The definition of AKI is an abrupt and sustained decline in glomerular filtration rate (GFR). If creatinine is rising, GFR may be close to zero and therefore eGFR is of no value in the assessment of AKI. AKI is classed into three stages (table 1). Common risk factors for AKI are listed in table 2. This list is not exhaustive.
Table 1 – Stages of AKI
I Rise in creatinine of ≥1.5-1.9 from baseline
II Rise in creatinine of ≥2.0-2.9 from baseline
III Rise in creatinine of ≥3 from baseline
Table 2 – AKI risk factors
Patients at risk of developing AKI
• Chronic kidney disease (CKD)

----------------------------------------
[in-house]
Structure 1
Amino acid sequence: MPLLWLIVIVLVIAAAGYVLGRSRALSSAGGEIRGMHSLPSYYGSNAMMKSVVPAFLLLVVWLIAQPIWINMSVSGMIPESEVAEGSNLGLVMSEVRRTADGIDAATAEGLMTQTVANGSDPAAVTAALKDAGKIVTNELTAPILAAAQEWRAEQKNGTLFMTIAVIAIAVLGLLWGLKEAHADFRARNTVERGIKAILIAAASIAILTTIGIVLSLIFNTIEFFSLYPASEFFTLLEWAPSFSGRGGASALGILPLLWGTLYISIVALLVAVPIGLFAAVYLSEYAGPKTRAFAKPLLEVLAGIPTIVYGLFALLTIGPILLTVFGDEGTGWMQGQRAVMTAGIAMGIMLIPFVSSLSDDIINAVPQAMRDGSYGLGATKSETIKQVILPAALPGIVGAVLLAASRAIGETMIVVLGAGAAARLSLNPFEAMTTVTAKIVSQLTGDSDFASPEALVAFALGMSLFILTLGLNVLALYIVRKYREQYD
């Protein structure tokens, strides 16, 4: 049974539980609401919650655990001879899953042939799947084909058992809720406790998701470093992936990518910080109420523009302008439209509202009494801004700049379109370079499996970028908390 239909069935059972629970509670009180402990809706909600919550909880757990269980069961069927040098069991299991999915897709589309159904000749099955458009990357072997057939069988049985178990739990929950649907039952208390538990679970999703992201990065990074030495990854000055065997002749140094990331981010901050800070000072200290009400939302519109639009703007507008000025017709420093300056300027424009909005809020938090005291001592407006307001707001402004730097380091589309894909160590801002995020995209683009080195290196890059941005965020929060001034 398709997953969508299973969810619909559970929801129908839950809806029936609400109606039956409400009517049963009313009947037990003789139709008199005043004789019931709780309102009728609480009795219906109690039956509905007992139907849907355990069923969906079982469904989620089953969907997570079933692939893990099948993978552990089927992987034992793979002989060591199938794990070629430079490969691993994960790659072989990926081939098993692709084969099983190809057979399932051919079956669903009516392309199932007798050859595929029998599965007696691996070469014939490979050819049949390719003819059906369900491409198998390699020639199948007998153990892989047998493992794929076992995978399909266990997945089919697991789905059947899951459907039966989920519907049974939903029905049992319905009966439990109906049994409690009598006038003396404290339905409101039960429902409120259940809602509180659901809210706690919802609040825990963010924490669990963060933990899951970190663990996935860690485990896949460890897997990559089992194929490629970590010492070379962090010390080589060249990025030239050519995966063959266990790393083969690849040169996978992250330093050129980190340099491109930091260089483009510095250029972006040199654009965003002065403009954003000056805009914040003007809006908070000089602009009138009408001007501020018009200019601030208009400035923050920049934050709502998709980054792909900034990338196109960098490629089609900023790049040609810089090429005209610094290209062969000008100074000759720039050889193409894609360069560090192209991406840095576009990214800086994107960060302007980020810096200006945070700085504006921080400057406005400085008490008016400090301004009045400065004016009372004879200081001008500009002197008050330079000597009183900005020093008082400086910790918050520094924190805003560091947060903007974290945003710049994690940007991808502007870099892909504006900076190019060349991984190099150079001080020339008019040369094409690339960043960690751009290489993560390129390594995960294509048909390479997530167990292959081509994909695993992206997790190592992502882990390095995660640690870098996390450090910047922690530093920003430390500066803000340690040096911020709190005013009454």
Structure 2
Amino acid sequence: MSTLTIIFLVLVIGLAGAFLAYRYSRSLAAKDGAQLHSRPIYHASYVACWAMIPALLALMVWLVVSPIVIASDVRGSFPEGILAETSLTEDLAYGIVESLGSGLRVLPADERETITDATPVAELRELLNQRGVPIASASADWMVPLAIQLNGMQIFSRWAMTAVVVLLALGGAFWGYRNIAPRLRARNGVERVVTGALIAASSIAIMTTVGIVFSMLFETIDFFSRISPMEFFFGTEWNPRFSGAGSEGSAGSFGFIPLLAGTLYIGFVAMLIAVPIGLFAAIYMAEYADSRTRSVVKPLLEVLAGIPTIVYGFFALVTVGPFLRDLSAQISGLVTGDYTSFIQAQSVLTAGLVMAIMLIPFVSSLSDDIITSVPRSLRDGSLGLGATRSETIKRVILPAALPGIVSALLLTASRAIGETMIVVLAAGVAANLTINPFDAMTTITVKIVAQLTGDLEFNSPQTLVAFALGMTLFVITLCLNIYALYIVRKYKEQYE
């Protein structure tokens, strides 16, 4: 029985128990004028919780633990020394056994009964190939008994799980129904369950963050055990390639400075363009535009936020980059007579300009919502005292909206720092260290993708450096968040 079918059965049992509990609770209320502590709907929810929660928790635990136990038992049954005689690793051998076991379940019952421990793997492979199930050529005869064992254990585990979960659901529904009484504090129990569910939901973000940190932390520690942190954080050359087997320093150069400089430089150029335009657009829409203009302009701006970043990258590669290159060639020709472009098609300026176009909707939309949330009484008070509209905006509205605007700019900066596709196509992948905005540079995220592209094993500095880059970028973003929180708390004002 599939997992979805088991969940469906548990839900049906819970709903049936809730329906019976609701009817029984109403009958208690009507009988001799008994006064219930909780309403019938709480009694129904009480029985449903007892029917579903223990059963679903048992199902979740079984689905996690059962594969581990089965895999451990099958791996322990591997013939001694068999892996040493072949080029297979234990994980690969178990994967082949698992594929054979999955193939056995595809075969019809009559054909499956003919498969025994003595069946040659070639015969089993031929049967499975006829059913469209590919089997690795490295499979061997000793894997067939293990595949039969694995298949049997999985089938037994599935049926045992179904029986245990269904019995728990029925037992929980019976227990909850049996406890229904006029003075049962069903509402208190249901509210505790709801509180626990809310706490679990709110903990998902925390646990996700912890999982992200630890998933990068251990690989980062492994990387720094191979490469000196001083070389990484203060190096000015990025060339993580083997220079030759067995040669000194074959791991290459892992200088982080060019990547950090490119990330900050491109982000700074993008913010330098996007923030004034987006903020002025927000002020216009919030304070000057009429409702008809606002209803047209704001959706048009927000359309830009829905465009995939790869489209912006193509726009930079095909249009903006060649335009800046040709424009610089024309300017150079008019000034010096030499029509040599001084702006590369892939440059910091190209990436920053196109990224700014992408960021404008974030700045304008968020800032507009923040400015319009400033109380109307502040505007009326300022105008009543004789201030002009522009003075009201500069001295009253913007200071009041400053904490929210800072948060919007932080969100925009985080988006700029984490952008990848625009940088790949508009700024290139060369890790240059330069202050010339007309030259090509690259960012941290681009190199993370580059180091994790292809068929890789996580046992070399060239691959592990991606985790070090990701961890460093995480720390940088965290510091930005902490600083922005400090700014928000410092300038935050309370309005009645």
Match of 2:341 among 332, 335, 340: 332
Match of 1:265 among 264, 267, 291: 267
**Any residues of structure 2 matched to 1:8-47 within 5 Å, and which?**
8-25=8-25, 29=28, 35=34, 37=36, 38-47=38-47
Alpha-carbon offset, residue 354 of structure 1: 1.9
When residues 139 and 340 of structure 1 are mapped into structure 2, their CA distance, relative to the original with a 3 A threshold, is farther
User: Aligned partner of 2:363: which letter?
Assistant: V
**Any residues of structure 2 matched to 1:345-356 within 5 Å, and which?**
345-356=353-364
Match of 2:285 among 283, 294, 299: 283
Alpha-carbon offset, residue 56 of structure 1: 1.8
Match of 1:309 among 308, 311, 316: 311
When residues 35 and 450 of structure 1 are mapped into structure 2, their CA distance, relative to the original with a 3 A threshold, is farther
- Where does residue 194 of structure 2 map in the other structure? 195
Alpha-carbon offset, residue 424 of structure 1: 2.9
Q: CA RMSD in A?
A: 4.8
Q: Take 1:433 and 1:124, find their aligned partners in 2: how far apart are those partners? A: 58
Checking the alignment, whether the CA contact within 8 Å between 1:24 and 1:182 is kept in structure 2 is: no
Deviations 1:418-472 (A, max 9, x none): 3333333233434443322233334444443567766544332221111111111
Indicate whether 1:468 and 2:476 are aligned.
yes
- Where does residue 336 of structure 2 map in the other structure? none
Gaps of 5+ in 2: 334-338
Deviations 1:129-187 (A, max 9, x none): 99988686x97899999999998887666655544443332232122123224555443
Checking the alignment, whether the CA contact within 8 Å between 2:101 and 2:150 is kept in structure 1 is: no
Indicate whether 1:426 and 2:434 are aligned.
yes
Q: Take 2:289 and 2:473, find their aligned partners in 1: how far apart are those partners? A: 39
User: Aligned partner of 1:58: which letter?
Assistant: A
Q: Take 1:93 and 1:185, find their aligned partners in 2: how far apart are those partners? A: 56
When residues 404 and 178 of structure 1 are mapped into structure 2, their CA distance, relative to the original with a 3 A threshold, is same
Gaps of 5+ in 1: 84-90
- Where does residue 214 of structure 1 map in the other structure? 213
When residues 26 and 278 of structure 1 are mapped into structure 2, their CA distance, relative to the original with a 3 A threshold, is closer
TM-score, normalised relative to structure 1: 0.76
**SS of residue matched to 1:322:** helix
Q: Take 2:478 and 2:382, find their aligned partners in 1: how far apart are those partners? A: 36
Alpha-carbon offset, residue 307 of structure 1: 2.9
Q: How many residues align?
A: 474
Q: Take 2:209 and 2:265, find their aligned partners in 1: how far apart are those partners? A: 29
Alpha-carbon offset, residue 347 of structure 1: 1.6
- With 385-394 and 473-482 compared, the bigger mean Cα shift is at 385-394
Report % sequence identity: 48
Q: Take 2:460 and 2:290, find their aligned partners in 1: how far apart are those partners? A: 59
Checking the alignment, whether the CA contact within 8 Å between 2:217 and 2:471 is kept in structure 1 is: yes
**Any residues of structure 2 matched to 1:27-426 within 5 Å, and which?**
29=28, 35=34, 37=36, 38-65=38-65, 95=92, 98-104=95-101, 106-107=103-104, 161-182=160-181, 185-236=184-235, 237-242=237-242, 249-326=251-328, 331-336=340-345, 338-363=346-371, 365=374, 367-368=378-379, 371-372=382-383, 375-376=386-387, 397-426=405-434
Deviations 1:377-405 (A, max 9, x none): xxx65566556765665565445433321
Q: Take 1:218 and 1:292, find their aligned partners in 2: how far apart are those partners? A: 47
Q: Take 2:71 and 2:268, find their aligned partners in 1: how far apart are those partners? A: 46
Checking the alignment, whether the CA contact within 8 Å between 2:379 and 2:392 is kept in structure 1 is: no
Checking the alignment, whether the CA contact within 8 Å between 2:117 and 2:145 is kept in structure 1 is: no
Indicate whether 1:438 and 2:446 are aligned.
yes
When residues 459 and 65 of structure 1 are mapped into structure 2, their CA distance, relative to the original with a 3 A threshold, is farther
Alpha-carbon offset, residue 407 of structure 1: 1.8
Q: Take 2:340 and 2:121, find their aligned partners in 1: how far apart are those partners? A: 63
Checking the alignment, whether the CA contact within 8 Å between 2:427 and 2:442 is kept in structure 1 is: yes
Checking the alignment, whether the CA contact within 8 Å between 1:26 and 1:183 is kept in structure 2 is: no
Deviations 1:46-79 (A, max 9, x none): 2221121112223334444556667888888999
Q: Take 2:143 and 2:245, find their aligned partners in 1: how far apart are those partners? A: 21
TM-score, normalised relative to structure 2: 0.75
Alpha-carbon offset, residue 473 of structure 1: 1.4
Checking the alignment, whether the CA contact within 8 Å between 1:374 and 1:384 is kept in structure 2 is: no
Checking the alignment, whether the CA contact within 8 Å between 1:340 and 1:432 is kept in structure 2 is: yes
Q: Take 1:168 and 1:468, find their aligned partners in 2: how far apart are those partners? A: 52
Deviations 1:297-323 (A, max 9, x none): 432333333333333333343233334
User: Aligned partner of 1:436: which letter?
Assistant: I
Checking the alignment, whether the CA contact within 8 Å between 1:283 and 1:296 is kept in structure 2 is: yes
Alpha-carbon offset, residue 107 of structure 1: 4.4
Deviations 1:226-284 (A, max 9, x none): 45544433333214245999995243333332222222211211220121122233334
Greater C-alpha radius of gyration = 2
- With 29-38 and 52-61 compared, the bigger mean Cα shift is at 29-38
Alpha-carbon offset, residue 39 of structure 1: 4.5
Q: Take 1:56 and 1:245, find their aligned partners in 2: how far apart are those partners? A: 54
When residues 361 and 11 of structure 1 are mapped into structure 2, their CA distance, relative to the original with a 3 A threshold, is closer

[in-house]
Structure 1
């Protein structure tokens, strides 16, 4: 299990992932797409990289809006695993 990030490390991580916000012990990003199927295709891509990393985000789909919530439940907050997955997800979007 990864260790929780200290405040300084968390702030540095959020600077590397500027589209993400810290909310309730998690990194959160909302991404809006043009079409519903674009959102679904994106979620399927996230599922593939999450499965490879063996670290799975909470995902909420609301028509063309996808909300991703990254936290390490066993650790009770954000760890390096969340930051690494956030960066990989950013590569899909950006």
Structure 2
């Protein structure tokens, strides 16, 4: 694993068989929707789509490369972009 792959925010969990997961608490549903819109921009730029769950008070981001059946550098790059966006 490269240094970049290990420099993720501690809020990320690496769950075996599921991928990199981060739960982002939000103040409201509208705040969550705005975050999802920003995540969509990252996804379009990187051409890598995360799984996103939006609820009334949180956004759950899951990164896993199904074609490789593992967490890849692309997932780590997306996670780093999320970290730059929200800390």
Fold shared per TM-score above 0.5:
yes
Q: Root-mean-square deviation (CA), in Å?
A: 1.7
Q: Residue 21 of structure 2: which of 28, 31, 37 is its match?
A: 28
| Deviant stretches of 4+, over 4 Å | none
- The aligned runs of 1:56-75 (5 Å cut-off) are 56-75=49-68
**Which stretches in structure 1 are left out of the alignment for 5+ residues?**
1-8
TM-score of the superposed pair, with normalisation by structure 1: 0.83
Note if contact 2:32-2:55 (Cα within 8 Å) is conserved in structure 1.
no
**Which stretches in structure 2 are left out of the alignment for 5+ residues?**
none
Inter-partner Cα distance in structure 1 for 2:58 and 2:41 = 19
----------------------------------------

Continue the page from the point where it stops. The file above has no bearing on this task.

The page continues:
• Chronic liver disease (CLD)
• Congestive cardiac failure (CCF)
• Those on polypharmacy
Other risk factors for AKI
Drugs including ACEi/ARB/NSAIDs and contrast*
*If contrast is necessary and a patient has an AKI or CKD with an eGFR ≤30ml/min, the radiologist should be informed and consider administering 1 litre of saline in the 12 hours prior to and following the scan. Urgent and essential scans should not be delayed to allow fluid administration.